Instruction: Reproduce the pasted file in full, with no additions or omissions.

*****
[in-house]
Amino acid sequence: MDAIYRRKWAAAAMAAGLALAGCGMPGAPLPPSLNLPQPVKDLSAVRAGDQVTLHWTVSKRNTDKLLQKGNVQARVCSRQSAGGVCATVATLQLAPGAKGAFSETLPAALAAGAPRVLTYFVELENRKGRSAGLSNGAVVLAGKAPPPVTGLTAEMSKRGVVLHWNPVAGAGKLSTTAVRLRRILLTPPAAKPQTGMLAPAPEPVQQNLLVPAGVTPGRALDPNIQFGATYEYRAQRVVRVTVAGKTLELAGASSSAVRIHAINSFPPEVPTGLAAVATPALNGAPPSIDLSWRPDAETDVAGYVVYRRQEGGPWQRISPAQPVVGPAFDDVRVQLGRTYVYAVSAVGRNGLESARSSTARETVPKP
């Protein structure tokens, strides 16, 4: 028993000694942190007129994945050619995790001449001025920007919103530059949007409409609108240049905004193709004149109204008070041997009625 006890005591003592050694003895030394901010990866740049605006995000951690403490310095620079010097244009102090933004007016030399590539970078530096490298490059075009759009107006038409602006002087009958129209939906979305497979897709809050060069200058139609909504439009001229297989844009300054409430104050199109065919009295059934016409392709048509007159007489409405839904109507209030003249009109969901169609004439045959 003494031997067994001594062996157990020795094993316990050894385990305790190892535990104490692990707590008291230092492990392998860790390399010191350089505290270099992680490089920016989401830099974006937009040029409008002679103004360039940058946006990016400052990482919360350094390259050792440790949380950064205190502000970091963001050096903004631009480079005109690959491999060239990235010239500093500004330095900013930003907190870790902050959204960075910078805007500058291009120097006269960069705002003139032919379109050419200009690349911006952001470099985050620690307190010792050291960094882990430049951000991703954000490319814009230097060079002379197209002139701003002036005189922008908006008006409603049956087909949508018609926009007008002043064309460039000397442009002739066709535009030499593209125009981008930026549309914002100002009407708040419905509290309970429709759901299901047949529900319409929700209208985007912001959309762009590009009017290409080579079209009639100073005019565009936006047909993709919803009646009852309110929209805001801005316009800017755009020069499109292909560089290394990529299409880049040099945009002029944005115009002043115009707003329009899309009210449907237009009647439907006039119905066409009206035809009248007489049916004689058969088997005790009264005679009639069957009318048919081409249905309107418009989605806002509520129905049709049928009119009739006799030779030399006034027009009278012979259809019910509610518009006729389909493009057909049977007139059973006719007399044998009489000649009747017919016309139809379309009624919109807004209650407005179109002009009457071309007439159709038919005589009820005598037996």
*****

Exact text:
[in-house]
Amino acid sequence: MDAIYRRKWAAAAMAAGLALAGCGMPGAPLPPSLNLPQPVKDLSAVRAGDQVTLHWTVSKRNTDKLLQKGNVQARVCSRQSAGGVCATVATLQLAPGAKGAFSETLPAALAAGAPRVLTYFVELENRKGRSAGLSNGAVVLAGKAPPPVTGLTAEMSKRGVVLHWNPVAGAGKLSTTAVRLRRILLTPPAAKPQTGMLAPAPEPVQQNLLVPAGVTPGRALDPNIQFGATYEYRAQRVVRVTVAGKTLELAGASSSAVRIHAINSFPPEVPTGLAAVATPALNGAPPSIDLSWRPDAETDVAGYVVYRRQEGGPWQRISPAQPVVGPAFDDVRVQLGRTYVYAVSAVGRNGLESARSSTARETVPKP
């Protein structure tokens, strides 16, 4: 028993000694942190007129994945050619995790001449001025920007919103530059949007409409609108240049905004193709004149109204008070041997009625 006890005591003592050694003895030394901010990866740049605006995000951690403490310095620079010097244009102090933004007016030399590539970078530096490298490059075009759009107006038409602006002087009958129209939906979305497979897709809050060069200058139609909504439009001229297989844009300054409430104050199109065919009295059934016409392709048509007159007489409405839904109507209030003249009109969901169609004439045959 003494031997067994001594062996157990020795094993316990050894385990305790190892535990104490692990707590008291230092492990392998860790390399010191350089505290270099992680490089920016989401830099974006937009040029409008002679103004360039940058946006990016400052990482919360350094390259050792440790949380950064205190502000970091963001050096903004631009480079005109690959491999060239990235010239500093500004330095900013930003907190870790902050959204960075910078805007500058291009120097006269960069705002003139032919379109050419200009690349911006952001470099985050620690307190010792050291960094882990430049951000991703954000490319814009230097060079002379197209002139701003002036005189922008908006008006409603049956087909949508018609926009007008002043064309460039000397442009002739066709535009030499593209125009981008930026549309914002100002009407708040419905509290309970429709759901299901047949529900319409929700209208985007912001959309762009590009009017290409080579079209009639100073005019565009936006047909993709919803009646009852309110929209805001801005316009800017755009020069499109292909560089290394990529299409880049040099945009002029944005115009002043115009707003329009899309009210449907237009009647439907006039119905066409009206035809009248007489049916004689058969088997005790009264005679009639069957009318048919081409249905309107418009989605806002509520129905049709049928009119009739006799030779030399006034027009009278012979259809019910509610518009006729389909493009057909049977007139059973006719007399044998009489000649009747017919016309139809379309009624919109807004209650407005179109002009009457071309007439159709038919005589009820005598037996």